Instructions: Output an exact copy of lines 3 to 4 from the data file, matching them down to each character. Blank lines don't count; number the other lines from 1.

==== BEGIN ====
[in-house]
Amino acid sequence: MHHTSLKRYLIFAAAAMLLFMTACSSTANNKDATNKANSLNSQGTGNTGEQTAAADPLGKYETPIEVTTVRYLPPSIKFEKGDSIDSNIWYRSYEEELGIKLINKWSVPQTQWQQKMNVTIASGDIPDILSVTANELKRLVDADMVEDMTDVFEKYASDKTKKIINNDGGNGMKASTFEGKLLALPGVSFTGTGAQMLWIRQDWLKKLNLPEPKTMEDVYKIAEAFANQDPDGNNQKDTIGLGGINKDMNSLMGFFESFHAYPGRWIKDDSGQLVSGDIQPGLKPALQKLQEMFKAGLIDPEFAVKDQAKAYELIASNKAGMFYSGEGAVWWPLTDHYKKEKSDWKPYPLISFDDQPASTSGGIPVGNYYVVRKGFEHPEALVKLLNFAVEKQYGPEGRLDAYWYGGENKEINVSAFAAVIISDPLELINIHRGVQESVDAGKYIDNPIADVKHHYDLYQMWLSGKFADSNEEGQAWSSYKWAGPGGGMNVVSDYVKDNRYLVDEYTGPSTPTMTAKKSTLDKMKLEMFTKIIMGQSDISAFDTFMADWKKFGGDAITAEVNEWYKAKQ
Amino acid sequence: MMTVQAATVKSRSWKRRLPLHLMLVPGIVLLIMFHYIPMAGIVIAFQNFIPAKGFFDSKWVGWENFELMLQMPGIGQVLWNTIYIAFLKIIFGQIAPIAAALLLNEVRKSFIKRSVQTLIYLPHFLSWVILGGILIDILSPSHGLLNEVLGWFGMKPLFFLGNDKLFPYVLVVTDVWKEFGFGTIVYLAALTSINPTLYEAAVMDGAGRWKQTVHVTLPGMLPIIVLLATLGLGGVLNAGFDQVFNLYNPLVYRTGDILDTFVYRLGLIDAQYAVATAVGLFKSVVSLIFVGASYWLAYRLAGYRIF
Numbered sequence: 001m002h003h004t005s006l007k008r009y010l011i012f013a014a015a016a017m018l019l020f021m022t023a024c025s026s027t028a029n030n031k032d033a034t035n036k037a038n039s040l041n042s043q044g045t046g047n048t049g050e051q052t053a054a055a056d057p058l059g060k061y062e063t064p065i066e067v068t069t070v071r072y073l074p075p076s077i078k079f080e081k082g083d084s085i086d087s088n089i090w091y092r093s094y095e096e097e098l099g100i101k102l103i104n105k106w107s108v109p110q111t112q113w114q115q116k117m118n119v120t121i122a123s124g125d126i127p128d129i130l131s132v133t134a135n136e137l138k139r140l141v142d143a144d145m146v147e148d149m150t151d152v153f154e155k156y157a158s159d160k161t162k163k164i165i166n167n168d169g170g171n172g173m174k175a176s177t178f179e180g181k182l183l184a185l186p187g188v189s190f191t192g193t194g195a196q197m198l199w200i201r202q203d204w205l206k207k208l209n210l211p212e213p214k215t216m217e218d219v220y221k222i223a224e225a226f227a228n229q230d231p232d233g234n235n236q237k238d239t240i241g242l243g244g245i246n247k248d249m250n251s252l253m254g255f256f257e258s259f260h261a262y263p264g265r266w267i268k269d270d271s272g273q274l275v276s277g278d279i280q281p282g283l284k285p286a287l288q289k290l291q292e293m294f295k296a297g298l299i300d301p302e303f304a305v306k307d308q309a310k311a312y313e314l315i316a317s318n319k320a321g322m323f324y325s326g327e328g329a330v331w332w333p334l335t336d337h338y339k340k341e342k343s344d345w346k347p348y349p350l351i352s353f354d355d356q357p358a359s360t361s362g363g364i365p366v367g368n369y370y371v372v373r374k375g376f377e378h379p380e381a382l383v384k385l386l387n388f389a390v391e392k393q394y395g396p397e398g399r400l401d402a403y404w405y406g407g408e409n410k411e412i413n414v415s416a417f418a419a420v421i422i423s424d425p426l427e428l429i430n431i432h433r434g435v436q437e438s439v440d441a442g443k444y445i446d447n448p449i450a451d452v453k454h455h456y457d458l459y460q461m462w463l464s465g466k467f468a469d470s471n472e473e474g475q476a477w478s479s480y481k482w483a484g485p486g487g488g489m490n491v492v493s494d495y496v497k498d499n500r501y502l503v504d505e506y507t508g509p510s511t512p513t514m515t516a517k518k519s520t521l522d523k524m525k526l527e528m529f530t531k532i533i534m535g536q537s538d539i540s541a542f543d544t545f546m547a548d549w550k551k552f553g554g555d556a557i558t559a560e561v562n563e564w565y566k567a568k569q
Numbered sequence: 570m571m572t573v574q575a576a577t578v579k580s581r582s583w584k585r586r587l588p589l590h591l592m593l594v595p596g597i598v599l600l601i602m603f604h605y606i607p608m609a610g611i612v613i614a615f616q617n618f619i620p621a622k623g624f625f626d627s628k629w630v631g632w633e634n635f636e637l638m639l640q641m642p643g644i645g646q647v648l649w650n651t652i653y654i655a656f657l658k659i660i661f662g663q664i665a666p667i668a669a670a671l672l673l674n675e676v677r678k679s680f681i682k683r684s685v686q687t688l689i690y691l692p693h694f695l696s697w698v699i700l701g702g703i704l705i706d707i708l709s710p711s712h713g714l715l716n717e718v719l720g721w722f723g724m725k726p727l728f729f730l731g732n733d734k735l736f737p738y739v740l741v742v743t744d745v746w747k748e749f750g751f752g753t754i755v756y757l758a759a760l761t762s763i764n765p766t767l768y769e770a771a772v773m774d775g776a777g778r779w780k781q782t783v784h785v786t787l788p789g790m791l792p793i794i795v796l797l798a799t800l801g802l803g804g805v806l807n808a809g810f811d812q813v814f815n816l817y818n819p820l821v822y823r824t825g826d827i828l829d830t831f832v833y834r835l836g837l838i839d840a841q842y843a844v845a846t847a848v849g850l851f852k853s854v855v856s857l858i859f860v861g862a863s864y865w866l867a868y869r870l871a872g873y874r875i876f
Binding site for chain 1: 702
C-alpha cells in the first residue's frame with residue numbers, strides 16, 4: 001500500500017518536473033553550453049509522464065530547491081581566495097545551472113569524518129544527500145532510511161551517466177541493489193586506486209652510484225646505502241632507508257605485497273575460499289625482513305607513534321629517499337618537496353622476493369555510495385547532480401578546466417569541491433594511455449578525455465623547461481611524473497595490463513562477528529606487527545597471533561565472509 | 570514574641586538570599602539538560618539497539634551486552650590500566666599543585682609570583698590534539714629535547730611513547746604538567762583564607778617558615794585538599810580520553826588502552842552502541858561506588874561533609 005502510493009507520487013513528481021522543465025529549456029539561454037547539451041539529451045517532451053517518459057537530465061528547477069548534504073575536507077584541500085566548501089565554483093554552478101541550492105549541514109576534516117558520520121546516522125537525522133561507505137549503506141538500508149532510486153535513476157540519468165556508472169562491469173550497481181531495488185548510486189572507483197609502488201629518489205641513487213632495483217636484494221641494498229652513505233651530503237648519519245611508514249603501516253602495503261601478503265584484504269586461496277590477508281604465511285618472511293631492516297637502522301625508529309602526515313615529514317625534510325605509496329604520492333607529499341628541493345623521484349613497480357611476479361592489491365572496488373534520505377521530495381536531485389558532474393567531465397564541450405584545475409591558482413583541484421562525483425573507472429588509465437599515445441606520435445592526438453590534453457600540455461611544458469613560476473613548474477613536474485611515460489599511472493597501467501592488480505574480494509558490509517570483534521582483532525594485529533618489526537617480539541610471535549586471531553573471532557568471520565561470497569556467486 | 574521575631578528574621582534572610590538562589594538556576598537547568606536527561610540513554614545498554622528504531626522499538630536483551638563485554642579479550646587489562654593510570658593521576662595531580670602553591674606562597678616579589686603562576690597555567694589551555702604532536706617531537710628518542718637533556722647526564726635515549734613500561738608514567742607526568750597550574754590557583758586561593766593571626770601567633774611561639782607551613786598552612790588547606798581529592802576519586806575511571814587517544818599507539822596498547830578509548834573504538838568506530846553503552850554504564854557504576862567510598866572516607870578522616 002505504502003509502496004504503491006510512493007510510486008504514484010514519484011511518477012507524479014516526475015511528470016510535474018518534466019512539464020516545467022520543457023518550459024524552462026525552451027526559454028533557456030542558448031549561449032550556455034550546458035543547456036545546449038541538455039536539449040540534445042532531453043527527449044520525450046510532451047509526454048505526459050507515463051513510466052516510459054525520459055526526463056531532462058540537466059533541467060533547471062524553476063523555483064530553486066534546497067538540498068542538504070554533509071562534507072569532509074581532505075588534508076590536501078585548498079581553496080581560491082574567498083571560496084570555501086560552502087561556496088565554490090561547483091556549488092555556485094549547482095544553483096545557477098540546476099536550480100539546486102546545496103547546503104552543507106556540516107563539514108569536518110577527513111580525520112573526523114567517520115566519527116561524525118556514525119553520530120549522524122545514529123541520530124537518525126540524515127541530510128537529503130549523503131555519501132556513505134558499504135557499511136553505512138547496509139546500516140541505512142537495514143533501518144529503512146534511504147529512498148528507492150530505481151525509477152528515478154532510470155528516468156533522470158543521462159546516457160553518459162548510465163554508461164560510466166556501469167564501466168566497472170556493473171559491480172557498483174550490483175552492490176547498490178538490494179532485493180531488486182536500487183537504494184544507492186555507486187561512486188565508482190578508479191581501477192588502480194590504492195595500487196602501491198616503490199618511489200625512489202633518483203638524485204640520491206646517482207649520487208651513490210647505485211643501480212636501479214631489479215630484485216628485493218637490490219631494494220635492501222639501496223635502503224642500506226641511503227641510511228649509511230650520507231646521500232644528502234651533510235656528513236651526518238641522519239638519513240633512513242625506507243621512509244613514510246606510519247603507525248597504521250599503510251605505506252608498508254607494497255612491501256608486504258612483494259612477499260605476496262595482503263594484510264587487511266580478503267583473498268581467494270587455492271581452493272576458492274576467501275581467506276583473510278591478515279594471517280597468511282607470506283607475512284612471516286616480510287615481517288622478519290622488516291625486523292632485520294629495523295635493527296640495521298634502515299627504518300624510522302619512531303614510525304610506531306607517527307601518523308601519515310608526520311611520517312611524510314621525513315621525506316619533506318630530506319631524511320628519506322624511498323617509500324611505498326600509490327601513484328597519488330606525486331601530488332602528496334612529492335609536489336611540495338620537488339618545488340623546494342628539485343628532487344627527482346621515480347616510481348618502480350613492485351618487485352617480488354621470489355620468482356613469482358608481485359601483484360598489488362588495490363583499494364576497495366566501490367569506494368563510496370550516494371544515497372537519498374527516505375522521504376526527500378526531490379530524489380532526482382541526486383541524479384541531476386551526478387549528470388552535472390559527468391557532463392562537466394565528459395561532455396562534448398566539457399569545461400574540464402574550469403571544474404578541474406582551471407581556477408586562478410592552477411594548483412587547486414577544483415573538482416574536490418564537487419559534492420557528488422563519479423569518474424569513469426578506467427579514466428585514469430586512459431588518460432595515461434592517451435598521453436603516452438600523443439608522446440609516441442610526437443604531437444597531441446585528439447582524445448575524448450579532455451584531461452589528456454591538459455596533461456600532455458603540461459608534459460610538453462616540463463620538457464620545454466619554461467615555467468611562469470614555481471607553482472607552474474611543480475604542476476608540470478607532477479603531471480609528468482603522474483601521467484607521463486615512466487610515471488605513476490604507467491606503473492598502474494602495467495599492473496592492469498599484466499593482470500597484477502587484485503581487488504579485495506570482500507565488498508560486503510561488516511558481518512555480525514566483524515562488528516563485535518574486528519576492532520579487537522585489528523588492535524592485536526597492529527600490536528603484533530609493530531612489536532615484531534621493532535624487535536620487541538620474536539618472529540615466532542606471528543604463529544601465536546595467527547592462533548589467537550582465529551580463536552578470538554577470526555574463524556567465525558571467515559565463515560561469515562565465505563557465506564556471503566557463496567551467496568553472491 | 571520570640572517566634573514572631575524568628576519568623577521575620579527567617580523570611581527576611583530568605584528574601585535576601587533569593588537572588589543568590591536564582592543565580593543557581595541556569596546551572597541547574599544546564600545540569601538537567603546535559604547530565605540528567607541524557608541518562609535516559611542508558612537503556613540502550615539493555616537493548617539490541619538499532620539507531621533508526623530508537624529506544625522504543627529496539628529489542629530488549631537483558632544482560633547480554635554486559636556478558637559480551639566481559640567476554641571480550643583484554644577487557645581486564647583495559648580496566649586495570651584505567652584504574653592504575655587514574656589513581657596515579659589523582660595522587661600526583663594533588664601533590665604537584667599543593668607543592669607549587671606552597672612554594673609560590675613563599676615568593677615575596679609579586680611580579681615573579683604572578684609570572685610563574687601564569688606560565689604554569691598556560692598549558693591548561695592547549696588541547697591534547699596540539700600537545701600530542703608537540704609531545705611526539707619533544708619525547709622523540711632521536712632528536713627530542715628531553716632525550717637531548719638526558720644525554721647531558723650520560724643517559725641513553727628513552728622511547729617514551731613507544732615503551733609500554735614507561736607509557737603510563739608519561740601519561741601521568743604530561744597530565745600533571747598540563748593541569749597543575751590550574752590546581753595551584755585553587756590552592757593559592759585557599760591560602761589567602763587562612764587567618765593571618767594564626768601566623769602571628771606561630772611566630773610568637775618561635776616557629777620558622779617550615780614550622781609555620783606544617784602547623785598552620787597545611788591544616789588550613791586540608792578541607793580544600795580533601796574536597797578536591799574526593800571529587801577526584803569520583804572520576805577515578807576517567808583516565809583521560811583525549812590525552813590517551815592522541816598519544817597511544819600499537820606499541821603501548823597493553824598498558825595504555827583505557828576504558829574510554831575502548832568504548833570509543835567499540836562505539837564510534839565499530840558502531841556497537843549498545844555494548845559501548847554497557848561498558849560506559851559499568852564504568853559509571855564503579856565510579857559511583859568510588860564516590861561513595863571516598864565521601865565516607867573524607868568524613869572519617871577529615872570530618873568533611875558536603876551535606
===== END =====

Amino acid sequence: MMTVQAATVKSRSWKRRLPLHLMLVPGIVLLIMFHYIPMAGIVIAFQNFIPAKGFFDSKWVGWENFELMLQMPGIGQVLWNTIYIAFLKIIFGQIAPIAAALLLNEVRKSFIKRSVQTLIYLPHFLSWVILGGILIDILSPSHGLLNEVLGWFGMKPLFFLGNDKLFPYVLVVTDVWKEFGFGTIVYLAALTSINPTLYEAAVMDGAGRWKQTVHVTLPGMLPIIVLLATLGLGGVLNAGFDQVFNLYNPLVYRTGDILDTFVYRLGLIDAQYAVATAVGLFKSVVSLIFVGASYWLAYRLAGYRIF
Numbered sequence: 001m002h003h004t005s006l007k008r009y010l011i012f013a014a015a016a017m018l019l020f021m022t023a024c025s026s027t028a029n030n031k032d033a034t035n036k037a038n039s040l041n042s043q044g045t046g047n048t049g050e051q052t053a054a055a056d057p058l059g060k061y062e063t064p065i066e067v068t069t070v071r072y073l074p075p076s077i078k079f080e081k082g083d084s085i086d087s088n089i090w091y092r093s094y095e096e097e098l099g100i101k102l103i104n105k106w107s108v109p110q111t112q113w114q115q116k117m118n119v120t121i122a123s124g125d126i127p128d129i130l131s132v133t134a135n136e137l138k139r140l141v142d143a144d145m146v147e148d149m150t151d152v153f154e155k156y157a158s159d160k161t162k163k164i165i166n167n168d169g170g171n172g173m174k175a176s177t178f179e180g181k182l183l184a185l186p187g188v189s190f191t192g193t194g195a196q197m198l199w200i201r202q203d204w205l206k207k208l209n210l211p212e213p214k215t216m217e218d219v220y221k222i223a224e225a226f227a228n229q230d231p232d233g234n235n236q237k238d239t240i241g242l243g244g245i246n247k248d249m250n251s252l253m254g255f256f257e258s259f260h261a262y263p264g265r266w267i268k269d270d271s272g273q274l275v276s277g278d279i280q281p282g283l284k285p286a287l288q289k290l291q292e293m294f295k296a297g298l299i300d301p302e303f304a305v306k307d308q309a310k311a312y313e314l315i316a317s318n319k320a321g322m323f324y325s326g327e328g329a330v331w332w333p334l335t336d337h338y339k340k341e342k343s344d345w346k347p348y349p350l351i352s353f354d355d356q357p358a359s360t361s362g363g364i365p366v367g368n369y370y371v372v373r374k375g376f377e378h379p380e381a382l383v384k385l386l387n388f389a390v391e392k393q394y395g396p397e398g399r400l401d402a403y404w405y406g407g408e409n410k411e412i413n414v415s416a417f418a419a420v421i422i423s424d425p426l427e428l429i430n431i432h433r434g435v436q437e438s439v440d441a442g443k444y445i446d447n448p449i450a451d452v453k454h455h456y457d458l459y460q461m462w463l464s465g466k467f468a469d470s471n472e473e474g475q476a477w478s479s480y481k482w483a484g485p486g487g488g489m490n491v492v493s494d495y496v497k498d499n500r501y502l503v504d505e506y507t508g509p510s511t512p513t514m515t516a517k518k519s520t521l522d523k524m525k526l527e528m529f530t531k532i533i534m535g536q537s538d539i540s541a542f543d544t545f546m547a548d549w550k551k552f553g554g555d556a557i558t559a560e561v562n563e564w565y566k567a568k569q